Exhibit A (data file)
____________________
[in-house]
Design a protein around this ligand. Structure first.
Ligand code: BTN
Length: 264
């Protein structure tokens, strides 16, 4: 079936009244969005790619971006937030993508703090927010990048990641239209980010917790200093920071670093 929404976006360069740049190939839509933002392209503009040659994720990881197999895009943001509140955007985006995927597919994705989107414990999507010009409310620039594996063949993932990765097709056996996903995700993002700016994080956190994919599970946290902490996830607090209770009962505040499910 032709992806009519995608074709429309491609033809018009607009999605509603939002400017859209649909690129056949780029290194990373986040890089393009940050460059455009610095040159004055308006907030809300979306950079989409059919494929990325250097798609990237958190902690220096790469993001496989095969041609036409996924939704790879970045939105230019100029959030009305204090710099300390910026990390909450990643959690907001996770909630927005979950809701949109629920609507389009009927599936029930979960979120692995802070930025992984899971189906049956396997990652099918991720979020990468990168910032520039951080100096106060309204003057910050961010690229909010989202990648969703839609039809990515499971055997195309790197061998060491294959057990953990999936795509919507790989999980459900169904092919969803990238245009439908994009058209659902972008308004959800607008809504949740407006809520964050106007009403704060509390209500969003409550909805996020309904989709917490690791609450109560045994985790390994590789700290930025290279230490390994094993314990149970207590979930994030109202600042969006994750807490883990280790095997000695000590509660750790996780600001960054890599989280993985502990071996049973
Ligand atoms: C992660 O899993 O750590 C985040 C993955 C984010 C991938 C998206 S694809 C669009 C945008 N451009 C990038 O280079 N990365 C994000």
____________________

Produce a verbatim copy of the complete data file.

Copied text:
[in-house]
Design a protein around this ligand. Structure first.
Ligand code: BTN
Length: 264
């Protein structure tokens, strides 16, 4: 079936009244969005790619971006937030993508703090927010990048990641239209980010917790200093920071670093 929404976006360069740049190939839509933002392209503009040659994720990881197999895009943001509140955007985006995927597919994705989107414990999507010009409310620039594996063949993932990765097709056996996903995700993002700016994080956190994919599970946290902490996830607090209770009962505040499910 032709992806009519995608074709429309491609033809018009607009999605509603939002400017859209649909690129056949780029290194990373986040890089393009940050460059455009610095040159004055308006907030809300979306950079989409059919494929990325250097798609990237958190902690220096790469993001496989095969041609036409996924939704790879970045939105230019100029959030009305204090710099300390910026990390909450990643959690907001996770909630927005979950809701949109629920609507389009009927599936029930979960979120692995802070930025992984899971189906049956396997990652099918991720979020990468990168910032520039951080100096106060309204003057910050961010690229909010989202990648969703839609039809990515499971055997195309790197061998060491294959057990953990999936795509919507790989999980459900169904092919969803990238245009439908994009058209659902972008308004959800607008809504949740407006809520964050106007009403704060509390209500969003409550909805996020309904989709917490690791609450109560045994985790390994590789700290930025290279230490390994094993314990149970207590979930994030109202600042969006994750807490883990280790095997000695000590509660750790996780600001960054890599989280993985502990071996049973
Ligand atoms: C992660 O899993 O750590 C985040 C993955 C984010 C991938 C998206 S694809 C669009 C945008 N451009 C990038 O280079 N990365 C994000």